You can import a TIFF or JPG into Illustrator with File > Place, then save as an AI file. All that will do is link (or embed) the image into the Illustrator file. What these people really want (but are too stupid to say it clearly) are vector files. This means either using Illustrator's Live Trace feature to automatically convert the artwork into vectors, or re-tracing using the pen tool.
Try to get a more thorough explanation of what they want. If I'm right (I am), try what I've said. If you are new to using Illustrator's pen tool and vector art in general you might do better to hire someone. It's a lot of basic training, especially when you're already in the trenches.
I like to use this method while the image is in Photoshop
File--> Scripts--> Export Layers to Files
This way, you can choose which layers to export to Ai,
whichever ones are checked visible in the layers palette,
and not to mention some other options.
It might give you a message that says you must have multiple layers, but that's silly because you can just put two layers and uncheck the eyeball icon for one layer.
Then once it exports to your desktop, drag it into the Ai icon and it will open automatically at which point you want to do what the poster above me said.
You can't do much with a raster image sitting in Illustrator..
(or can you?) depends on your actual skill level i think.
> a company wants to make jewelry from my photoshop files converted to AI
( illustrator ).
You are misunderstanding something very very basic here: The difference between raster and vector artwork, and the difference between what I'll call "object formats" and "meta formats."
By "object formats" I mean data formats that describe a specific kind of digital object. A raster image is an object. It's just an array of color values displayed as tiny rectangles arranged in a rectangular grid. There are several formats (think of them as "conventions") for recording those values (JPEG, TIFF, PNG, etc.) But they are all just different syntaxes, so to speak, for describing always the same kind of thing (object).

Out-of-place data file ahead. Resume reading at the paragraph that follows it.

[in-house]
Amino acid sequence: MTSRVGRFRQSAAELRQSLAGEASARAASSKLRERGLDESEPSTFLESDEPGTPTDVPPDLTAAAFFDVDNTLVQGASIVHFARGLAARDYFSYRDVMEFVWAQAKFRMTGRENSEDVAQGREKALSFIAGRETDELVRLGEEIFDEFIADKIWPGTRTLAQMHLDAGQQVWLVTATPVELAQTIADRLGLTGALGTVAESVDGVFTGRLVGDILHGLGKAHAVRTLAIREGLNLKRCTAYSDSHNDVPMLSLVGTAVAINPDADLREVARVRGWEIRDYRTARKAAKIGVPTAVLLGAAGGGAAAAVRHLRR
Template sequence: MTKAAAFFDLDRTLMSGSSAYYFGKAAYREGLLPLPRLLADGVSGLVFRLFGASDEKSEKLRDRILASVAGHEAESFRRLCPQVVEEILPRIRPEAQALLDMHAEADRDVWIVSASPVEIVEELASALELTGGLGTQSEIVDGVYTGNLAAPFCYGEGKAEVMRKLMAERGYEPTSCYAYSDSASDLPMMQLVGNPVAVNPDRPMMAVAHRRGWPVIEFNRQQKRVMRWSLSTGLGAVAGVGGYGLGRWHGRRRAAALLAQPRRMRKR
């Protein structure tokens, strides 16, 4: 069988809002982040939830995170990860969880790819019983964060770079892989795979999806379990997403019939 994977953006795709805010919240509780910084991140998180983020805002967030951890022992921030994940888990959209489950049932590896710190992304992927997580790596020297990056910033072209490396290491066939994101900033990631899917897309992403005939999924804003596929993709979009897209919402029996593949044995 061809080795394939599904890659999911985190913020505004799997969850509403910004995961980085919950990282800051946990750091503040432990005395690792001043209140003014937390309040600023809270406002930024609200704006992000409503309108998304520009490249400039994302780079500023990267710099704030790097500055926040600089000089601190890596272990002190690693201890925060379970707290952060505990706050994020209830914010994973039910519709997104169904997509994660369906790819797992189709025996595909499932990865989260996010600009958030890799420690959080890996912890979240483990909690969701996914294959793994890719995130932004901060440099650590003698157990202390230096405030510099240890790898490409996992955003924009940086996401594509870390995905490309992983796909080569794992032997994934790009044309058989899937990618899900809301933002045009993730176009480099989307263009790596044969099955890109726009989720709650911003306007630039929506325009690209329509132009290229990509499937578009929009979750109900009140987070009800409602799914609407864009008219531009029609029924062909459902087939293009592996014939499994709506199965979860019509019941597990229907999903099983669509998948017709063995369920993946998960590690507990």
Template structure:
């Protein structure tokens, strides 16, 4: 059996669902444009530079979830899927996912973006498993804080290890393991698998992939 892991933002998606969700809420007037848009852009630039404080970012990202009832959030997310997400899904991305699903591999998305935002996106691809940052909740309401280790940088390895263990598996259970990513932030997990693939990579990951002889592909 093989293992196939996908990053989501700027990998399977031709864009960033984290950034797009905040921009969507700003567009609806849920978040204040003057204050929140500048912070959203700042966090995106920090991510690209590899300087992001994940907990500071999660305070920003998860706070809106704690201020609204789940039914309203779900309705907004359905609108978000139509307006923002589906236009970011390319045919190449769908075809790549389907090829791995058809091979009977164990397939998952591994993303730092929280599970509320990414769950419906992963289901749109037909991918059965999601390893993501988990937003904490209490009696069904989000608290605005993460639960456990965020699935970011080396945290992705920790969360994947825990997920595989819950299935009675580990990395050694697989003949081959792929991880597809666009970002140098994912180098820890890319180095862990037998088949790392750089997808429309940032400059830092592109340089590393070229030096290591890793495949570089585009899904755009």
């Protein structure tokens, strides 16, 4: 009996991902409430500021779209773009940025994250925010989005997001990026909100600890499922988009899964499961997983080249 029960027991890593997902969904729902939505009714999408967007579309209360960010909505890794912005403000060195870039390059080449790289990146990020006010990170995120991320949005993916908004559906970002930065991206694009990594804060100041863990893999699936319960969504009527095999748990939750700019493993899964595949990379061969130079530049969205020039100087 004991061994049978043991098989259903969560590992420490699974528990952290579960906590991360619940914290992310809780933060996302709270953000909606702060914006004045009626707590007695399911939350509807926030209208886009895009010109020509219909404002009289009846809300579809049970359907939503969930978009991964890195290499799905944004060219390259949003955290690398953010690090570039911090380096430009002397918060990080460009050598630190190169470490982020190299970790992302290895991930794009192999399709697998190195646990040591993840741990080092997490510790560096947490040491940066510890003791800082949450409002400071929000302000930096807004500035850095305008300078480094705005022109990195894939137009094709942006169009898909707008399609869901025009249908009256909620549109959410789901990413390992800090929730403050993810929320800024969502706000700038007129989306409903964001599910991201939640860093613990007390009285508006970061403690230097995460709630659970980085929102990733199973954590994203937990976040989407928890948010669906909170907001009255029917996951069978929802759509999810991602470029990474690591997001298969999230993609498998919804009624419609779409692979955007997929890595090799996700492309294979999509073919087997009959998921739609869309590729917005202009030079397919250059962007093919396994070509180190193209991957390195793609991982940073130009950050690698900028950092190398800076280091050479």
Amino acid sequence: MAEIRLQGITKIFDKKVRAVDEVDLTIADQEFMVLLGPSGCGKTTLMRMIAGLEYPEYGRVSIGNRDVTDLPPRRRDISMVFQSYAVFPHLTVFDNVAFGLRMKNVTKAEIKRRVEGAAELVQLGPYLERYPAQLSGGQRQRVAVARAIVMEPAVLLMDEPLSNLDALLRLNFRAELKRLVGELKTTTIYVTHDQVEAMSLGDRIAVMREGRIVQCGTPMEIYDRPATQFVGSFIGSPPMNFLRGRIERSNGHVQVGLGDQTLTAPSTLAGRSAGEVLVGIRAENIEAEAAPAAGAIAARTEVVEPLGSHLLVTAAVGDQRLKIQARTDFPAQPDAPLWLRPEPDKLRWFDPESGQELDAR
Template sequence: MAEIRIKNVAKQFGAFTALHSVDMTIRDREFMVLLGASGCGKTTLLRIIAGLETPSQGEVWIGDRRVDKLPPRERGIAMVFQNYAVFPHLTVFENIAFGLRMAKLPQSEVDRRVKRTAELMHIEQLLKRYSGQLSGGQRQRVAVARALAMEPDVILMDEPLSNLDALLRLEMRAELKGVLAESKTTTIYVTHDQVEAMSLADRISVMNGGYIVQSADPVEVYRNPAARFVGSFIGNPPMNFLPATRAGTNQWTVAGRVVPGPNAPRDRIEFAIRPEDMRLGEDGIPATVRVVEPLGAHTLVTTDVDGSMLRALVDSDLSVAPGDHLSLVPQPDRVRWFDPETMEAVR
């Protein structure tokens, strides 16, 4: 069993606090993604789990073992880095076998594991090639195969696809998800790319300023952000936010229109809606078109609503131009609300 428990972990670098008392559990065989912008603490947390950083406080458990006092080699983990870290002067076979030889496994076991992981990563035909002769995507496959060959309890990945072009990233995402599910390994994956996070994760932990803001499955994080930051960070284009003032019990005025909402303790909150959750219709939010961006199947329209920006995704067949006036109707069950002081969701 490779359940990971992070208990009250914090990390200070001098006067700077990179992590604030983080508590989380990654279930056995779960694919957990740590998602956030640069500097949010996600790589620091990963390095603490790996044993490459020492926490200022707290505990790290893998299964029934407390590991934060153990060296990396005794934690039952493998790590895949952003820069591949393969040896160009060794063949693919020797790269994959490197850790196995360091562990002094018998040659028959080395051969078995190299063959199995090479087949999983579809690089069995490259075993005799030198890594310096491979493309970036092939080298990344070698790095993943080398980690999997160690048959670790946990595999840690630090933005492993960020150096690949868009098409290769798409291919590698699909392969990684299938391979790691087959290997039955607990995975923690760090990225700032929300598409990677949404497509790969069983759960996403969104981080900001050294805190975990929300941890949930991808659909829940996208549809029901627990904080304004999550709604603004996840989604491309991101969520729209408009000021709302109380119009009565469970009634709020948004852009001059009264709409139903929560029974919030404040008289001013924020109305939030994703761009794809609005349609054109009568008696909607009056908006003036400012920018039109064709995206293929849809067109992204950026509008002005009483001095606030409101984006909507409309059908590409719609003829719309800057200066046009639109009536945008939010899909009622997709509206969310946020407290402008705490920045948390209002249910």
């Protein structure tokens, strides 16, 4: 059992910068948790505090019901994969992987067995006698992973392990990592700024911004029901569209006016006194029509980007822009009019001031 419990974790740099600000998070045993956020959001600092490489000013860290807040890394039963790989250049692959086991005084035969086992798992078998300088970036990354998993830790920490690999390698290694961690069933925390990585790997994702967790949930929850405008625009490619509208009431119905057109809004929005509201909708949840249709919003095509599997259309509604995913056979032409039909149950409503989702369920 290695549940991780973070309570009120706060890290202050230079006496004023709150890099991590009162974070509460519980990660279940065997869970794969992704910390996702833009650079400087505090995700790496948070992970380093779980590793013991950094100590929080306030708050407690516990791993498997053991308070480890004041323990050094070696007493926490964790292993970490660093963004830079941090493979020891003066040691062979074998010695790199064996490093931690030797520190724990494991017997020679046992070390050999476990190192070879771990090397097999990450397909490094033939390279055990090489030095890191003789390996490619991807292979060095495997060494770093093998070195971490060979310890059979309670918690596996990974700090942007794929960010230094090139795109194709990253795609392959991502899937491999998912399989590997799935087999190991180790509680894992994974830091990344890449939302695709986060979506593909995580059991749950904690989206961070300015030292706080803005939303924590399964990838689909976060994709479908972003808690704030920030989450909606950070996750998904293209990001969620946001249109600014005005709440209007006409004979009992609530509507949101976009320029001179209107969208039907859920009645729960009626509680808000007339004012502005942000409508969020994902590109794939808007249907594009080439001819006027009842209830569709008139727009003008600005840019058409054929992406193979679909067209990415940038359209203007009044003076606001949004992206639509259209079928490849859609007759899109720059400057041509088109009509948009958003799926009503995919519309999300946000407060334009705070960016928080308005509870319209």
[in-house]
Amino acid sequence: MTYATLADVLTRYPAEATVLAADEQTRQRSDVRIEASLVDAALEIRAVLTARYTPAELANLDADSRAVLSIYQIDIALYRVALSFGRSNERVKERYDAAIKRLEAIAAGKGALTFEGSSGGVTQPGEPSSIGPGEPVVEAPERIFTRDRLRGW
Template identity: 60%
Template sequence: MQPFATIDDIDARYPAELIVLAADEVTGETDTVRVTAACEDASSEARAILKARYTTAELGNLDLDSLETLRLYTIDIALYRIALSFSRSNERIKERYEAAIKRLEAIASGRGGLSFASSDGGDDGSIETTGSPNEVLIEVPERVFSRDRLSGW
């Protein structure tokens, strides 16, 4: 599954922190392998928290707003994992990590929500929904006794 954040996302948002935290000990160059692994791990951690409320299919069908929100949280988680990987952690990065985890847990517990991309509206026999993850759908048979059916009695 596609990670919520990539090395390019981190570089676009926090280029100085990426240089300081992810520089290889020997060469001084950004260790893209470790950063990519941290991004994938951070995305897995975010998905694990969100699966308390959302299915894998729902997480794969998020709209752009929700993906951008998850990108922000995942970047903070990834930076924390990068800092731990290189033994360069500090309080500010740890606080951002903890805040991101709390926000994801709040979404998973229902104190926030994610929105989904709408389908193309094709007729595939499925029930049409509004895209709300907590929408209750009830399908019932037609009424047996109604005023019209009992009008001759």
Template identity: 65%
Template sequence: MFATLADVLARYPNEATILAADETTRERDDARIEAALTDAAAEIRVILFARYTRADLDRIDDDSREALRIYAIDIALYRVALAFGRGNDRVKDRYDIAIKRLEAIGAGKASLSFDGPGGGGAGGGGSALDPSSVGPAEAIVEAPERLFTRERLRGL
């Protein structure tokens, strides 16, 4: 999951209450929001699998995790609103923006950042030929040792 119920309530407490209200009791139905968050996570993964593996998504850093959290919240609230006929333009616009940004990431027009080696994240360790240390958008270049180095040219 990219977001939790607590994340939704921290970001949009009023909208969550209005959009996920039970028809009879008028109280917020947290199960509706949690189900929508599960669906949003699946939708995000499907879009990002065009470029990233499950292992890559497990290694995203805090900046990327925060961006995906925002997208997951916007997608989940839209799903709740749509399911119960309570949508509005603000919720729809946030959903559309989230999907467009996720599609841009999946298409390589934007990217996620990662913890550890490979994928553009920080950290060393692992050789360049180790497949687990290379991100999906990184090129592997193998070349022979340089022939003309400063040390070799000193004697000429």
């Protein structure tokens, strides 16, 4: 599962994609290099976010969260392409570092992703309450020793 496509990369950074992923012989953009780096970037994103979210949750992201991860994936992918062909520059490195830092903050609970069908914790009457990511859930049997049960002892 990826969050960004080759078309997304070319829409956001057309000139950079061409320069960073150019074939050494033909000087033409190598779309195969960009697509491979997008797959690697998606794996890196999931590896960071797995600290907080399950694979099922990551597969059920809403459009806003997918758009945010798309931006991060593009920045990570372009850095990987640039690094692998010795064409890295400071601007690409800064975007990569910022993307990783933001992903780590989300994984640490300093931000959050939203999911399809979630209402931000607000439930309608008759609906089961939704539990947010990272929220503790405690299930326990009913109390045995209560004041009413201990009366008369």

By "meta formats" I mean data formats for files that can reference and/or contain a variety of different "object formats". Page layout programs and vector illustration programs are like that. They have certain object types that are native to them, but they can also either reference or contain other object types that they really don't understand. When they do that, those objects are still in their "object format"; they're just "wrapped up" inside the program's file format.
An Illustrator file can contain a raster image along with its native vector paths. So you could import ("Place" or "Open") a raster image created in Photoshop into Illustrator, and the result would certainly be an Illustrator file. But it would be nothing more than an Illustrator file serving (rather pointlessly) as a "box" containing the raster image.
There is no real "conversion" of a raster image into a vector graphic (unless you simply display each pixel as a vector rectangle--which would be the functional equivalent of a raster image, but less efficient). When people speak of "converting" a raster image to a vector graphic (utterly misleading language I wish they would just stop speaking), they are really talking about simulating or representing the raster image as a set of vector paths (i.e.; creating a new piece of vector artwork, i.e.; "tracing" the raster image.)
That tracing is always better done deliberately with human intelligence drawing the paths. It can be automated, with almost always poorer results, by software algorithms that treat all images the same, and that know nothing about the actual content or meaning of the image. That's called auto-tracing.